When you look at a manufacturing plant, you often see a very complex structure of technical systems for production machinery; automation and QA equipment; business and logistics systems; and many people collaborating like subcontractors, service providers, internal plant management executives and staff, as well as operators fabricating and assembling new products.
The closer you get to the actual production machinery and the actual products being manufactured, the more you discover how the production processes and procedures are highly optimized to exactly meet or exceed customer expectations in the most cost-effective and expedient manner possible. In the continual effort to create true competitive differentiation, industrial manufacturers are using finely-tuned technical systems and procedures to provide real value to the end users of the original equipment.
Now just imagine that everyone and all the machines in this unique network could communicate transparently from “the shop floor to top floor” and vice versa without any bureaucratic interference or wasteful manual efforts:
- Plant management could get immediate and unfiltered insight into the topics that matter the most to the shop floor.
- Everybody (customers, suppliers, partners, subcontractors, and employees) could access a fully transparent, easy to manage, and incredibly fast knowledge base.
- Changes in demand and supply could be made visible to all supply chain participants in real or near-real time.
- Previously unavailable information due to operational or technology constraints could now be captured and immediately acted upon at any point on the value chain, including directly on the shop floor.
- The waste created through traditional, and often lengthy, communication channels could be replaced by lean, accurate, and incredibly fast information exchanges.
- Decision-making could include all appropriate stakeholders, whereas everyone’s voice is heard and the rationale behind the final decision would be visible to all and easily accessible for later reference.
- Ideas for continuous improvement could be voted on and agreed upon by all applicable value chain players with minimal effort.
- Unforeseen events affecting multiple stakeholders could be made known immediately, reducing any negative operational impact, supply chain disruptions, or shop floor stoppages.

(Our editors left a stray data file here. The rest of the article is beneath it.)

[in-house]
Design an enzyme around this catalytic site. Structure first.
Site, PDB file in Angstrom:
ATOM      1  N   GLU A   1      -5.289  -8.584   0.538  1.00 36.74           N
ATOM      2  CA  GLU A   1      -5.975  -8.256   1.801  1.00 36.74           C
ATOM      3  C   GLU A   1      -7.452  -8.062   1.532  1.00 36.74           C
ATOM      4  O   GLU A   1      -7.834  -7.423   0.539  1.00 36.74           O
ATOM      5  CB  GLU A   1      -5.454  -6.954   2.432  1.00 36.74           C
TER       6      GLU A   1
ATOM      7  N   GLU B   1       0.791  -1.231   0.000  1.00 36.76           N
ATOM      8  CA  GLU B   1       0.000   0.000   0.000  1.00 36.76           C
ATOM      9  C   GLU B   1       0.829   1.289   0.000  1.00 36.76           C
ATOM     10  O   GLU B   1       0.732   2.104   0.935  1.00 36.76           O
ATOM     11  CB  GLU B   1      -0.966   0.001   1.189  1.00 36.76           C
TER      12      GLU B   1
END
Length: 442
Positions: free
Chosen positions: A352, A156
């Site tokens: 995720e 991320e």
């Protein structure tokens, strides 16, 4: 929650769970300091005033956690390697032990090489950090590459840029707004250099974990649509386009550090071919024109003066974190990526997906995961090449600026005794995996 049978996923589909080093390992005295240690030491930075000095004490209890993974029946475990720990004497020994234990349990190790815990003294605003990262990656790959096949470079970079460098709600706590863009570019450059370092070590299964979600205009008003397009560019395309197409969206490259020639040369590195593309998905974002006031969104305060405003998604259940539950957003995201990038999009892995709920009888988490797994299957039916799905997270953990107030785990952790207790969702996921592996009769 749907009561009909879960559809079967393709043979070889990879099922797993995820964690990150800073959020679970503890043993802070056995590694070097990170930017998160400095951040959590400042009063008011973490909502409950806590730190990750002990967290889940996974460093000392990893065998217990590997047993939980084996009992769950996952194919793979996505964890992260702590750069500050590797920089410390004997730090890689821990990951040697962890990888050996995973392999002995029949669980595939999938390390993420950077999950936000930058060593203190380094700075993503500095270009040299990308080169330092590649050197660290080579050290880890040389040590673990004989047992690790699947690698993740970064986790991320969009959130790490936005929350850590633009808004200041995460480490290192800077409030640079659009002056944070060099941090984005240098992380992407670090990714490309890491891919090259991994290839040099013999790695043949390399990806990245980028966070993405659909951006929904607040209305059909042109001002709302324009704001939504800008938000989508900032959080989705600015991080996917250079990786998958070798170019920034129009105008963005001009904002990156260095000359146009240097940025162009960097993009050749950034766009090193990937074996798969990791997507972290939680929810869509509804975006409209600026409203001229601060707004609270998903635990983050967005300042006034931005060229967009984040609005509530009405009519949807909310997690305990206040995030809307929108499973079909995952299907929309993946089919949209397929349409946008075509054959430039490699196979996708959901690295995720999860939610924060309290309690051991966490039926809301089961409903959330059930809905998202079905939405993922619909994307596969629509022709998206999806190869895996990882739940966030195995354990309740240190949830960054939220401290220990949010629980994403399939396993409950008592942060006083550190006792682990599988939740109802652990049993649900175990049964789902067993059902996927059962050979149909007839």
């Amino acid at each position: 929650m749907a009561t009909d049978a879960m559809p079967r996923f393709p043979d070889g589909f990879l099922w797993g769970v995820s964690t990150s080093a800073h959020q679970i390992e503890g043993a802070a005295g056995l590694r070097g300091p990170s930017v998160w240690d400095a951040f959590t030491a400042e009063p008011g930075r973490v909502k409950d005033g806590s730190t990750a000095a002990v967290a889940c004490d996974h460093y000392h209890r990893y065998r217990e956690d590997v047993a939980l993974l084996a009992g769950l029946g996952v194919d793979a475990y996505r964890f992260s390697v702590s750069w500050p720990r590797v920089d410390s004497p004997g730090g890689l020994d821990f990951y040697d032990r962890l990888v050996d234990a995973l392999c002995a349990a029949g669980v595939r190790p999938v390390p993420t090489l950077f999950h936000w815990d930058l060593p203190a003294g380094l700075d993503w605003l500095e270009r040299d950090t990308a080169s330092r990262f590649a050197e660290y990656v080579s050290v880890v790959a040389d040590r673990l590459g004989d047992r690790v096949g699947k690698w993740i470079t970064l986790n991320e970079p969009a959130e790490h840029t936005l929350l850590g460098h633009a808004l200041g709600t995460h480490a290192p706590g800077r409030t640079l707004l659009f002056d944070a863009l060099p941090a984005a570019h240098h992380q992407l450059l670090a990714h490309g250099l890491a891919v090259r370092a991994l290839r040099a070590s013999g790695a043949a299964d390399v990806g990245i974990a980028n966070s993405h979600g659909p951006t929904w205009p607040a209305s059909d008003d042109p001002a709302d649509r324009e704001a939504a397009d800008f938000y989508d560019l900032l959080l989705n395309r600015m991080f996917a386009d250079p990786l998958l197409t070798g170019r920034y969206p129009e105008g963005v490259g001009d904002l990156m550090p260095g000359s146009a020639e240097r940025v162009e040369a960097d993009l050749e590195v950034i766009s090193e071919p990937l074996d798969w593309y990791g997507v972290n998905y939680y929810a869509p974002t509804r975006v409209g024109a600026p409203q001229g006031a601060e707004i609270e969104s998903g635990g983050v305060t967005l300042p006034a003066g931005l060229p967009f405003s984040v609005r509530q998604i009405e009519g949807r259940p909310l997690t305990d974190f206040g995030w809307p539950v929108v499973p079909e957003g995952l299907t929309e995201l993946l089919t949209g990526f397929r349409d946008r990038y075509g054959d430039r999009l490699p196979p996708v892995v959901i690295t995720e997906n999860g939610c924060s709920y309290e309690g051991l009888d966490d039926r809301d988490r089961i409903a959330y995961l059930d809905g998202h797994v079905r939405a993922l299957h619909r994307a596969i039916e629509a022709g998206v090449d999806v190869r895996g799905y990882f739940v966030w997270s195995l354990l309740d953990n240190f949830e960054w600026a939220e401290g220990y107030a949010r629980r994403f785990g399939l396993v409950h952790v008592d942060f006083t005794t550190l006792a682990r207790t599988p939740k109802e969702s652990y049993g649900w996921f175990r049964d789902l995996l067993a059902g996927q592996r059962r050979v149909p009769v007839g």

All this could be achieved if everybody (really everybody) inside a production plant, key subcontractors, and relevant suppliers could communicate openly using an open technology environment with free text, photos, graphics, videos, and other media. No pre-defined, static IT systems with awkward screens and mandated data fields needed! Everything of importance and relevance could be shared immediately with everyone involved with the immediate matter being addressed. At the same time all this communication could be stored in a way that everyone involved could look at all the communications and content at any given point in time.
In the consumer world this communication is already possible using social networks like Facebook or Google+, but in most industrial cases, these consumer-oriented channels are not viable options. To open up the heart and soul of a manufacturing company on a public network could clearly pose tremendous challenges in regard to protecting intellectual property as well as competitive differentiation.
Instead of a network like Twitter or LinkedIn, consider an industrial platform that enables the sharing and communication mentioned above in a totally-secure, enterprise context. At SAP, we can help make sure that only the right people get the right information at the right time. Preventing unauthorized access and storing all the data in a well-protected, extremely-safe environment is of paramount importance for all of the business planning and execution processes associated with manufacturing on an industrial scale.
Unstructured data from a myriad of internal and external sources combined with structured information from IT systems can be used for quality assurance, training, maintenance, production scheduling and control, materials management, and an infinite array of other industrial processes.
Simple right? With SAP’s help, it just might be. The Industry Cloud is here now.
For further details have a look at: www.sapjam.com